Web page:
From education to employment

Students who participate in summer schools more likely to attend university

Students who attend summer schools are more likely to receive better grades and progress to higher education, according to a new report today (31 Mar) from the Centre for Transforming Access and Student Outcomes in Higher Education (@TASO_he) and the Higher Education Access Tracker (HEAT) Service. 

The report comes after the government, yesterday (Tuesday 30 March), published new guidance for secondary schools to help progress plans for summer schools once they return from the Easter break, using the £200 million funding announced in February.

Analysis finds that attending summer schools is associated with higher GSCE grades – revealing a 2.9 point increase in Attainment 8 scores – and improvements in progression to higher education.1 

The report also finds that university or college campus visits are linked to higher grades, particularly for disadvantaged students with low previous academic performance.  

Dr Omar Khan, Director of TASO said:  

“Universities across the UK spend countless hours and resources each year running summer schools for prospective students. TASO’s new analysis is a positive sign that such efforts are not made in vain. However, we now need to build on this evidence to determine whether such activities are having the intended impact to close equality gaps for disadvantaged and underrepresented students in higher education.” 

Sharon Smith, Director of HEAT said:  

“It is great to be able to publish results which are a culmination of all the hard work that providers undertake to capture and process data around outreach delivery. These results would not be possible without the commitment and collaboration of HEAT members, and data custodians such as the Department for Education and HESA. 

“This analysis shows the importance of contextualising the HE progression outcomes of tracked outreach participants with their prior attainment in Key Stage exams from the NPD. We would also like to see further research to help triangulate these findings and in parallel, to continue our own research to deepen our understanding on the effect of different types of outreach on a range of outreach participant groups.”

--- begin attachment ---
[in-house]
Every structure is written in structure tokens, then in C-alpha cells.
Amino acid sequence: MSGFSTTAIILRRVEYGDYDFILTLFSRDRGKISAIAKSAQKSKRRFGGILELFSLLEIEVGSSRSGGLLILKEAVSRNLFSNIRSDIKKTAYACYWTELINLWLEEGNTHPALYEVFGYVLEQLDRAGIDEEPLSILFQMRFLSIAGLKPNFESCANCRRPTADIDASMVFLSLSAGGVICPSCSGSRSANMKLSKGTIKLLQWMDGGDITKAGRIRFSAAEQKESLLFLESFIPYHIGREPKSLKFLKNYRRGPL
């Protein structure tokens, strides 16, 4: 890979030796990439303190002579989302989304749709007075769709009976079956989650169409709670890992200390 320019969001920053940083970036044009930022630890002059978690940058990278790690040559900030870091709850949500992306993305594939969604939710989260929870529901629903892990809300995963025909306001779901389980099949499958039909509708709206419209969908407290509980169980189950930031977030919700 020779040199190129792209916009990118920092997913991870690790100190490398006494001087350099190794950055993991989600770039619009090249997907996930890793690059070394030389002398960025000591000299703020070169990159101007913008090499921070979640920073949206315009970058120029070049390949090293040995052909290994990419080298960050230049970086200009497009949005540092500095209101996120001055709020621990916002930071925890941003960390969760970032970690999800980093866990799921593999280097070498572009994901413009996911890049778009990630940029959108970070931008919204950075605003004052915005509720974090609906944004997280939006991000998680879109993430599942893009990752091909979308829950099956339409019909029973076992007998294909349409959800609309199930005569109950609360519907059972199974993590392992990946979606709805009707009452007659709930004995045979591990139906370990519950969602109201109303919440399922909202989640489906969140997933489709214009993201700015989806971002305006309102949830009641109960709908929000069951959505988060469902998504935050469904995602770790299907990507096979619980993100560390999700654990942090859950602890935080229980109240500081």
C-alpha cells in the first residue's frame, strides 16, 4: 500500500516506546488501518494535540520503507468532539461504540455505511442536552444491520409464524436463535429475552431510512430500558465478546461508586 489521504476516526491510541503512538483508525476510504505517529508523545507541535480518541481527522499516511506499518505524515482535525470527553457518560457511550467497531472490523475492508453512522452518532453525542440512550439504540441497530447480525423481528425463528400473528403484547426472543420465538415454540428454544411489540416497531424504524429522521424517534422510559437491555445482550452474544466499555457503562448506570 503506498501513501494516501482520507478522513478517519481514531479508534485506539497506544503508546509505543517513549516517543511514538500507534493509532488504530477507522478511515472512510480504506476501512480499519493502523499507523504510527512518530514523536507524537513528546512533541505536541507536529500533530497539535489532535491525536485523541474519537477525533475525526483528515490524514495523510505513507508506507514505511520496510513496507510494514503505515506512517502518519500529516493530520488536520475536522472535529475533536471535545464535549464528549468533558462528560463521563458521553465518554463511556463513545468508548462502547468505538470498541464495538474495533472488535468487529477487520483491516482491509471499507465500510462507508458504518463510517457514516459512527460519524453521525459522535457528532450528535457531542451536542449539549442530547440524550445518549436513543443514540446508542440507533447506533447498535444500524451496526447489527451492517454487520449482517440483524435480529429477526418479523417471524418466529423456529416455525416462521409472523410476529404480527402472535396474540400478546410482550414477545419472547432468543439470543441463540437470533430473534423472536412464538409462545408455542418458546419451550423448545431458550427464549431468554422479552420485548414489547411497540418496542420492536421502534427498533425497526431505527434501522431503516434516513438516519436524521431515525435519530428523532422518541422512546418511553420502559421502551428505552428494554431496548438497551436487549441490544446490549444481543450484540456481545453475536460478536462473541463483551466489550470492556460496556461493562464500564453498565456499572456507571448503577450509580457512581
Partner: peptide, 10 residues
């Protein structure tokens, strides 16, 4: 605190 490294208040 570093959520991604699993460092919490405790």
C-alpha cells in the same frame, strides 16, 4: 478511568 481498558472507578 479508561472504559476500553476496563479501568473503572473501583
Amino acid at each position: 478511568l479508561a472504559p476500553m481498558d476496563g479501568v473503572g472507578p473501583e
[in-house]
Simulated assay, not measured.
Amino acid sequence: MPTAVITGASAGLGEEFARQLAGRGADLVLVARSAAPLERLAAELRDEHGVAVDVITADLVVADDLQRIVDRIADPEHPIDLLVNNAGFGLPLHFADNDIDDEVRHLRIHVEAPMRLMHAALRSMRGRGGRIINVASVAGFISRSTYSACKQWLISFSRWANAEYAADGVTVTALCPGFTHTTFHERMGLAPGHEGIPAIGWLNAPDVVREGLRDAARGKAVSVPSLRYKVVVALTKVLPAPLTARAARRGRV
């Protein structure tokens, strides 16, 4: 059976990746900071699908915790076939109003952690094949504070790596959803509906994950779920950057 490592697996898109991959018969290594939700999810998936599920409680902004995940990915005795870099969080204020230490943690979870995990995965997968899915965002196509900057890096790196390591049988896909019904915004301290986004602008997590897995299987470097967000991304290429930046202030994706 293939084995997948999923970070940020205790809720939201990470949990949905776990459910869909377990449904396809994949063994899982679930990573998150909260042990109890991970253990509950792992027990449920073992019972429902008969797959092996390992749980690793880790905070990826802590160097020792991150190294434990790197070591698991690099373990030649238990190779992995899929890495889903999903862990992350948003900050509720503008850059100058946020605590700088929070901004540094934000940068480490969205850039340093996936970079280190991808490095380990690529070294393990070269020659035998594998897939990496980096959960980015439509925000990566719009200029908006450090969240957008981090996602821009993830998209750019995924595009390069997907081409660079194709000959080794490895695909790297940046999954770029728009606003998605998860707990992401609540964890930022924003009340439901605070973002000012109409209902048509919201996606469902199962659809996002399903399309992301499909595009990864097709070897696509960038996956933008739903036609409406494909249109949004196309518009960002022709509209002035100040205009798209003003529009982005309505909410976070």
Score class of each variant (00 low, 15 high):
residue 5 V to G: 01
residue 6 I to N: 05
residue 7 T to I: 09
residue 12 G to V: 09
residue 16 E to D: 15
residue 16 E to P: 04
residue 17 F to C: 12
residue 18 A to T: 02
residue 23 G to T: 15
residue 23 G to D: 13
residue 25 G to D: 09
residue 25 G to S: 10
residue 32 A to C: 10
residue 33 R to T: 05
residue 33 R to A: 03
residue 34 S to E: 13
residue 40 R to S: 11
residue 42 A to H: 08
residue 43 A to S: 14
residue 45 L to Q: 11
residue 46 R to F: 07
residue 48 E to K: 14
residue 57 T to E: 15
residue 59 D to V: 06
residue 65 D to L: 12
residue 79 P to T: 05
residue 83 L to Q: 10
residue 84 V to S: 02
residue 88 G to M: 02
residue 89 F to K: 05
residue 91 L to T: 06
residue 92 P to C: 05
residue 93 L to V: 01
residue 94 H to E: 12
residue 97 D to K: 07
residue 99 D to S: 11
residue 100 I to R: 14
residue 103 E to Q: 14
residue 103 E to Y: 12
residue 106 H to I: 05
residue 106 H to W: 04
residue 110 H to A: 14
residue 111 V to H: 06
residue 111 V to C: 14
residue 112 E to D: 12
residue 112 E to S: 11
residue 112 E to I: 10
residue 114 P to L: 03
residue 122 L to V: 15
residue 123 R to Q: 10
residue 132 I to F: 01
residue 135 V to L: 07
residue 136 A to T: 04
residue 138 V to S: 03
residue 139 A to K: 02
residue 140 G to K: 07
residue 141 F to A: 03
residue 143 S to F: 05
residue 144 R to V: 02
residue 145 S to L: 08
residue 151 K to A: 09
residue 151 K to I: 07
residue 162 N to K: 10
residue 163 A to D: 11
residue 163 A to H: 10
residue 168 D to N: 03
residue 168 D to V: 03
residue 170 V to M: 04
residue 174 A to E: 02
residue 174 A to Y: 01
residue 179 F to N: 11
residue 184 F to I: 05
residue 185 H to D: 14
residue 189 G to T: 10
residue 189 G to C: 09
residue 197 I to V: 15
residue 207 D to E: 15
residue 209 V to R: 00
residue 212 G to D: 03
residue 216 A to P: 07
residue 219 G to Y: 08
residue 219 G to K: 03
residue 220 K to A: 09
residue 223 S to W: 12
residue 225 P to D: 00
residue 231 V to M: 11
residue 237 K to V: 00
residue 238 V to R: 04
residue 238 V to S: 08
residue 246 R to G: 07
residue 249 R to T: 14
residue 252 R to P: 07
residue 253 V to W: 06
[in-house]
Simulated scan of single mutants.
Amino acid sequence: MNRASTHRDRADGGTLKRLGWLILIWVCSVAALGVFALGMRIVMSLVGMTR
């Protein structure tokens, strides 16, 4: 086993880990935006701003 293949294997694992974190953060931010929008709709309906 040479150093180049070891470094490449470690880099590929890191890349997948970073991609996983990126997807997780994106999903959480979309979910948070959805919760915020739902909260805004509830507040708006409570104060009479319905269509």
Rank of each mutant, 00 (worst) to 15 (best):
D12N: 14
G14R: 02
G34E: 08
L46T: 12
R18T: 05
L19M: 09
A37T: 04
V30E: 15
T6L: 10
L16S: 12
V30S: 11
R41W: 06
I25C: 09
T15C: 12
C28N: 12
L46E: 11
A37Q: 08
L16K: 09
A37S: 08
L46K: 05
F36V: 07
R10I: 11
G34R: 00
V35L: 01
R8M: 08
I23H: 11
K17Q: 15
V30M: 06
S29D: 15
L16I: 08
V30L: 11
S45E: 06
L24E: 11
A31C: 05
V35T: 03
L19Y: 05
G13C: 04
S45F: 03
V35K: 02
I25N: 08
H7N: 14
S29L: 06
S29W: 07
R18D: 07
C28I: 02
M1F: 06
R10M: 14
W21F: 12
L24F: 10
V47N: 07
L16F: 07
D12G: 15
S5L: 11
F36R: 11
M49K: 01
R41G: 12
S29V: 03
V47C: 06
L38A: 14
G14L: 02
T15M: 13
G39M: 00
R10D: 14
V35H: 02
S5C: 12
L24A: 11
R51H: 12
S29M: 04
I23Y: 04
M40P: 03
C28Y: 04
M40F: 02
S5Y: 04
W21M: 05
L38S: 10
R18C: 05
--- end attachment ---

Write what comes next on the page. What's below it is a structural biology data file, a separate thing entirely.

Students’ participation more broadly in intensive outreach – attending one or more intensive activities – is associated with an increase in Attainment 8 scores of 3.4 points and a 6-13 percentage point rise in the likelihood of progressing to higher education. 

The attainment analysis focused on approximately 117,500 individuals and the higher education progression analysis focused on approximately 165,500 individuals from HEAT’s extensive membership dataset on outreach participation. 

The report cannot provide causal evidence on the efficacy of activities. This is due to limitations within the dataset, including an inability to capture individual motivation or parental support, which are strongly correlated with attainment and higher education progression.  

TASO is conducting a randomised controlled trial (RCT) of summer schools to generate causal evidence and uncover the effect of the activity versus the effect of certain individuals being more likely to attend. 

The Centre for Transforming Access and Student Outcomes in Higher Education (TASO) is a What Works Centre for the higher education sector, part of the Government’s What Works Movement. TASO focuses on eliminating equality gaps in higher education. 

TASO was set up in 2019 and is funded by the Office for Students on an initial grant until 2023. TASO is an independent charity and will be seeking ongoing funds from a range of sources.

Before becoming a charity, TASO was managed by a consortium of King’s College London, Nottingham Trent University and the Behavioural Insights Team.

The Higher Education Access Tracker (HEAT) Service is a national non-profit-making collaboration between higher education (HE) outreach providers. HEAT provides a monitoring and evaluation service, at the heart of which is an extensive system of outreach participant data collection and tracking.  

HEAT has collected an impressive dataset from across its membership, comprising of outreach participant details and information about their involvement in outreach activities.  

The HEAT dataset is annually linked to government data on education outcomes, including attainment and information on whether and where participants enter HE. This data linking makes the HEAT database a potentially powerful resource to explore questions about the relative efficacy of different outreach approaches. 

[1] Attainment 8 measures the achievement of a pupil across eight qualifications. Each individual grade a pupil achieves is assigned a point score, which is then used to calculate a pupil’s Attainment 8 score.

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